Israel Brief September 13, 2011: Noam Shalit Takes Gilad’s Case to UN



Noam Shalit Takes Gilad’s Case to UN

Source: Virtual Jerusalem, 9-13-11

Noam Shalit, the father of captive Israeli soldier Gilad Shalit, wants his son’s plight to be part of the discussion of Palestinian statehood at the United Nations in September.

In his view, Shalit’s release should be a precondition of any vote at the United Nations on recognition of a Palestinian state.

Shalit was in New York last week meeting with U.N. ambassadors from various nations, including pro-Palestinian ones, noam shalitto make his case that .

Whether or not they’ll take his view into consideration is an open question. But in at least one corner, Shalit won considerable sympathy: The City Council of New York proclaimed Sept. 7 Gilad Shalit day.

The point of Shalit’s trip was to keep the issue of his son’s captivity from being forgotten amid world events, and to use those events as a lever to secure Gilad’s release.

“We hope he’ll be home for Rosh Hashanah,” Shalit told a meeting of the New York City Council, saying a prisoner-exchange deal between Israel and Hamas is “the only way.”

In a 30-minute interview with JTA last Friday, Shalit talked about the need to put pressure on all sides using whatever tools are available. In the more than five years since Gilad Shalit was captured in a cross-border raid on the Israel-Gaza frontier in June 2006, the Shalit family has done all it can to make sure the plight of the captive soldier remains high on Israelis’ minds.

Shalit and his wife, Aviva, set up a protest tent opposite the prime minister’s residence in Jerusalem that has not budged in more than two years. They’ve held nationwide marches, disrupted Independence Day ceremonies and prompted myriad campaigns to pressure the Israeli government to cut a deal with Hamas, including a recent one for Shalit’s 25th birthday. There are Free Shalit wristbands, bumper stickers and banners.

Last week, Shalit met in the United States with American Jewish organizations to strategize on how to lobby the Obama administration to put more pressure on the Palestinian Authority, which he believes can pressure Hamas. Shalit dismisses the notion that the Palestinian Authority cannot influence Hamas or does not share responsibility for his son’s captivity.

“How can they say they have no leverage on Hamas?” he said. “The Palestinian Authority is going to the U.N. to appeal for one Palestinian entity, not two. They want one state for the Palestinian people. The Palestinian Authority cannot absolve itself of responsibility; it holds responsibility for all the Palestinian people.”

Indirect negotiations between Israel and Hamas for Gilad Shalit’s release resumed recently in Cairo, Shalit said, but he remains pessimistic.

“The new Egyptian administration has taken the lead again,” Shalit said. “It is now new people, but Egyptians are the same. We need to urge the Egyptians to move on fast and effectively; we don’t have another three years to spend with negotiations.”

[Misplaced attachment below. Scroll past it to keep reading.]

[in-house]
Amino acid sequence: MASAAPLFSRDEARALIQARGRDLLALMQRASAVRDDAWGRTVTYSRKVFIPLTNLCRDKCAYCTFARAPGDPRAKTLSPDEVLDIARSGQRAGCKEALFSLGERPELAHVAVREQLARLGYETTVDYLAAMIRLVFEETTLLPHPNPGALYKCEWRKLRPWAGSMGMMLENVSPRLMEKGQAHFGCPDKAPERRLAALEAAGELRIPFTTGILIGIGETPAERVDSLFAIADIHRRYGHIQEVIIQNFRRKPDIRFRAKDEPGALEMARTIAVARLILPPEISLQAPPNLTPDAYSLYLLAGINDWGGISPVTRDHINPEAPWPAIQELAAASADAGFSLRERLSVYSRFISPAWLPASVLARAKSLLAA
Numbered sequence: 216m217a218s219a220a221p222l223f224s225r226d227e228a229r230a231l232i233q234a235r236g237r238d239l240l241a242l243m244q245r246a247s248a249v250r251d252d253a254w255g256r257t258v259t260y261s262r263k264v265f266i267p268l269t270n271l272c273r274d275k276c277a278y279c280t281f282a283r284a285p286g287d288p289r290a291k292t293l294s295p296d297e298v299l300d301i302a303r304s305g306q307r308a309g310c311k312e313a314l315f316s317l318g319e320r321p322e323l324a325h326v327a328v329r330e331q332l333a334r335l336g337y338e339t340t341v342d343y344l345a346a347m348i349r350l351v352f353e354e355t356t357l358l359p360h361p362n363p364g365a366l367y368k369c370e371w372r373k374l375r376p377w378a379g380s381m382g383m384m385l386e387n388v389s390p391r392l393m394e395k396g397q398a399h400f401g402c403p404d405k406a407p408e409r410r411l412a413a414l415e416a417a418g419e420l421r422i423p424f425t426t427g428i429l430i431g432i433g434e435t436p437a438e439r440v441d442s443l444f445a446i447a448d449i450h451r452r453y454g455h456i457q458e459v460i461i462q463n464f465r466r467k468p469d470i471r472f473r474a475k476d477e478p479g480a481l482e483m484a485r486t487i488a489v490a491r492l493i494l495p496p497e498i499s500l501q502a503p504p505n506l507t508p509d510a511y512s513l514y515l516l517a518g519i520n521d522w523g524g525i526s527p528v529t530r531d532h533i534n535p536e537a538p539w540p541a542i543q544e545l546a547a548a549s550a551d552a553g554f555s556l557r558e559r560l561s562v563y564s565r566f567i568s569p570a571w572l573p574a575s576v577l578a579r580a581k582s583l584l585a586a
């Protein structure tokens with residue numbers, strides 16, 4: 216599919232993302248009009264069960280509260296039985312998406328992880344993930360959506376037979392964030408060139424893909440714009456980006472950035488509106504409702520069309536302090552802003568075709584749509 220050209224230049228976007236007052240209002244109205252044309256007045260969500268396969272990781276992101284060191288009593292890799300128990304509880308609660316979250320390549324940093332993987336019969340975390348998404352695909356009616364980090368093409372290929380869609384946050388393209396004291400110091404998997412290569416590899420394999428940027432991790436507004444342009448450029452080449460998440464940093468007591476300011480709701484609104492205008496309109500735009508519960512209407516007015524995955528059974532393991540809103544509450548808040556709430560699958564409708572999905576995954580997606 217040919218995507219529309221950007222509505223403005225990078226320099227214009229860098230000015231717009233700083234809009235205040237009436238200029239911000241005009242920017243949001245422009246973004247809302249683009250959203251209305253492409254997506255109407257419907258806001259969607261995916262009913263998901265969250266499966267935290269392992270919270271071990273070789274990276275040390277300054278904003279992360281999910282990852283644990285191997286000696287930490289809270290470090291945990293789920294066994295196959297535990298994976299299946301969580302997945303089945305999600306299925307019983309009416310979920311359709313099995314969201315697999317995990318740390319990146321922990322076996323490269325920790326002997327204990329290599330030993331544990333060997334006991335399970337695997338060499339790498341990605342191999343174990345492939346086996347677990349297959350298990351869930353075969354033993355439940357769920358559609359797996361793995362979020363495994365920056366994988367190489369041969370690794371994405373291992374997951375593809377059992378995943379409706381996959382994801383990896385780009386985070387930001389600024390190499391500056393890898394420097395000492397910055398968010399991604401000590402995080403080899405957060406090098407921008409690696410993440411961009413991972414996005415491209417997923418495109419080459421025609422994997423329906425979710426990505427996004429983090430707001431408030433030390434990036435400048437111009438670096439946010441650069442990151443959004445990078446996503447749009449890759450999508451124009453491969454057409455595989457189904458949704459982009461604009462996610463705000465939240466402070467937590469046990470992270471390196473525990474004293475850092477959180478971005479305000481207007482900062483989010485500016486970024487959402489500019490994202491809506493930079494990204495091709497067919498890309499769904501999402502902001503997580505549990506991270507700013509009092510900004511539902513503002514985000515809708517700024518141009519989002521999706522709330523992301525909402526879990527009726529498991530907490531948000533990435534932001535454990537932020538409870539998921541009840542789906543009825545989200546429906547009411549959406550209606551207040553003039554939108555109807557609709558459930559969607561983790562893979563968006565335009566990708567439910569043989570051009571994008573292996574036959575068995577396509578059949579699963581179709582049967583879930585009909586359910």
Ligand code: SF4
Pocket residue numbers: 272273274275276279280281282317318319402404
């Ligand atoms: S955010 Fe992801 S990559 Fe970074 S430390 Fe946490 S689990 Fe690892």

At the United Nations last week, Shalit’s focus was the Palestinian Authority. He said he met with more a dozen U.N. ambassadors to urge them to block any statehood recognition until his son is free. Of particular importance, he said, were his meetings with countries that already have recognized the state of Palestine, such as Argentina.

“We are not dealing with politics,” Shalit told JTA. “We are not asking them to vote for or against a Palestinian state. We just believe that a first step, as a precondition, they should comply with international law.”

The leaders of the world, he said, have to tell the Palestinians, “Look, you cannot go on with this violation of international and humanitarian law and at the same time ask for legitimacy and recognition. It is very basic. They don’t go together.”


Gilad Shalit’s Imprisonment 5 Years Later


Five years on, Shalit’s imprisonment an open wound for Israel

Source: JTA, 6-26-11

Noam Shalit, father of captive Israeli soldier Gilad Shalit, sits beneath a banner depicting his son and Ron Arad, the missing-but-assumed-dead Israeli airman, in a protest tent near the prime minister's residence in Jerusalem, June 2, 2011. (Miriam Alster/FLASH90)

Michal Naamani traveled to Jerusalem from her home near Kfar Saba to hand out yellow ribbons to passers-by and bumper stickers to motorists reading “Gilad is alive.”

Naamani, a high school teacher, felt that she wanted to do something to help captive Israeli soldier Gilad Shalit.

“I’m a mother. I have a younger brother doing reserve duty,” Naamani told JTA on Friday, the day before the ifth anniversary of Shalit’s capture in a raid on the Gaza-Israel border that left two other soldiers dead. “I’m here because if it was my son, I would want someone to support me as well.”

Shalit’s family members have done practically everything they can think of to keep Gilad in the public eye.

Last year they marked the anniversary of his capture by marching from their home in northern Israel to Jerusalem, with thousands of Israelis joining them for part of the way. This year Gilad’s older brother, Yoel, disrupted Israel’s state ceremony on Israeli Independence Day.